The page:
In the first half of the
course you must be concentrating on the 2, after the reverse rounds at
the halfway point you must then concentrate on the treble.
Always concentrate on the first of your bells to strike, count its place, leave a gap and sound the other hand.
Watch the trebles (1-2) ring Plain Hunt in this video. Then recite along with the ringing:
Now watch the tenors (5-6) who also ring the coursing position but starting in a different place. Recite what they ring.
This is the pattern rung by 3-4. It is the second easiest position to learn and ring. The pattern is akin to an object and its reflection with a mirror running down the centre. When one bell sounds in 3rd place the other is in 4th (either side of the mirror). When one bell sounds in 2nd place (one away from the front) the other sounds in 5th (one away from the back), when one bell sounds first the other is last.
In the opposites position the bells meet and cross in 3/4.
You need to keep track of which of your pair is closest to the front, what place it is in and then ring the other bell in the appropriate place. If you have counted the first of your bells to be in 2nd place then the other bell must ring in 5th, if however your first bell is in 3rd then the other bell must be in 4th place.
Do not try to keep track of the position of both bells and to hunt them both – rather keep track of the place of the first of your pair to strike and then simply ring the other bell as a reflection of the first.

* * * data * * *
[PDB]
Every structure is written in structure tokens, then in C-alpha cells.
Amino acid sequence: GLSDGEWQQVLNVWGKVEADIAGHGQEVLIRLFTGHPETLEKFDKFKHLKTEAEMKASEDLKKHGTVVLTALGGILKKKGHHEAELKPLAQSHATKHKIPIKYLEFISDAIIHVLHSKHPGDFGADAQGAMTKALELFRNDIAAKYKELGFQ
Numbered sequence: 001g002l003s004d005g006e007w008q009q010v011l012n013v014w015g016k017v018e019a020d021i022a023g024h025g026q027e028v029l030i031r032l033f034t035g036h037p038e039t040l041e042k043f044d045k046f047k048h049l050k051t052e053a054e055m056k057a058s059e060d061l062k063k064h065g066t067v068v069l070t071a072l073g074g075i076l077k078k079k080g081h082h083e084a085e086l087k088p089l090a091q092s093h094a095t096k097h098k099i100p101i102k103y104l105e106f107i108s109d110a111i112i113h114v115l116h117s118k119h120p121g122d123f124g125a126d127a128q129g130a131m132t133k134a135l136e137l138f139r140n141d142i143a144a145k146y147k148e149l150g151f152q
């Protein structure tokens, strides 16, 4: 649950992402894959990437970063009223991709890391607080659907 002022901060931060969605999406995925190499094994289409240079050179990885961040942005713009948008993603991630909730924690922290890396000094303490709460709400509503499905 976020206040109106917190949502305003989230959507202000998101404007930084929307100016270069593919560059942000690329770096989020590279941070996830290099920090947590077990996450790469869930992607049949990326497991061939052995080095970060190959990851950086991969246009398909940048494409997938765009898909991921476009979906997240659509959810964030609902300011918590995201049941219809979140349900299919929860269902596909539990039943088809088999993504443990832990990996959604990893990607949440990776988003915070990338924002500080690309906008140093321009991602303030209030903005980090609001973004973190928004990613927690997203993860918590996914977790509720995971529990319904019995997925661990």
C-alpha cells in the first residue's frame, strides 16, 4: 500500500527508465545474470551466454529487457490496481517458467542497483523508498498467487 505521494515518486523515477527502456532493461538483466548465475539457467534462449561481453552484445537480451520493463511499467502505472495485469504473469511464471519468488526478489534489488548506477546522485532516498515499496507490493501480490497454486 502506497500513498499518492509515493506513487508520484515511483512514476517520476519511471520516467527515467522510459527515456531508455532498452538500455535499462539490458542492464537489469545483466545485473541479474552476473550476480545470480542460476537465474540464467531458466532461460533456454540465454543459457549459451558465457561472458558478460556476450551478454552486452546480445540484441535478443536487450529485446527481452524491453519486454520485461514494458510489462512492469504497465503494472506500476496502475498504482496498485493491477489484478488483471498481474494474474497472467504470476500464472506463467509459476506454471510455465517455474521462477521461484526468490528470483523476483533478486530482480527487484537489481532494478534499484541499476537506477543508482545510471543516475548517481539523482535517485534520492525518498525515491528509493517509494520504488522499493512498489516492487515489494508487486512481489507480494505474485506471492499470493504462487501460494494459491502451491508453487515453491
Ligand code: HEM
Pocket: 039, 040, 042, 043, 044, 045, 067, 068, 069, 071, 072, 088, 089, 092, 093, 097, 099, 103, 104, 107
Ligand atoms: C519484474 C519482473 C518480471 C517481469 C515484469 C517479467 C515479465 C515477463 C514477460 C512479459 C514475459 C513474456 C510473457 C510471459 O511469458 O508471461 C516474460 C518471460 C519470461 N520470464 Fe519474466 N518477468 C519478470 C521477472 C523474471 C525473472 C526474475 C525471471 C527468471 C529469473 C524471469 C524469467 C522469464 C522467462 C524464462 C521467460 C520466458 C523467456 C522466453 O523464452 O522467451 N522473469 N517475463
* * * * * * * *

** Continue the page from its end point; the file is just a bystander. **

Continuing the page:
Remember which bell is closest to the front of your pair (this is the one you are counting) and which is the reflection. Loudly count 3rd (quietly think 4th for the other hand). Loudly count 2nd (quietly think 5th for the other hand). Loudly count 1st (quietly think last for the other hand) etc.
Watch the 3-4 ring Plain Hunt in this video. Then recite along with the ringing:
And finally, you are ready to look at the look at the last of the three positions, the 2/3 position. It does not relate to any of the traditional pairs, 1-2, 3-4 or 5-6 that ringers ring. It is the position rung if a ringer rang the 2-3 or 4-5.
In the 2/3 position, the bells meet and cross in 2/3 and 4/5.
This is the position in which the bells both hunt in the same direction (in which case the gap between them remains constant) AND hunt towards or away from each other (in which case the gap between them shrinks or increases by 2).
Watch the 3-4 ring Plain Hunt in this video. Note however that the ringing does not start or finish with rounds – 1 2 3 4 5 6 – but with the row – 2 3 4 5 6 1 – which means that the person ringing 3-4 starts by striking in 2nd and 3rd place, so they are ringing the 2-3 position. Sounds complicated but you'll get it when you watch the video.
Recite along with the ringing:
It is important to practise these positions until they become automatic. This requires you to do your homework.
Reciting numbers or mantras or twiddling your thumbs whenever you have a spare moment may feel a bit strange, but it works! Online ringing simulators also help as they will introduce you to the rhythm of the different positions.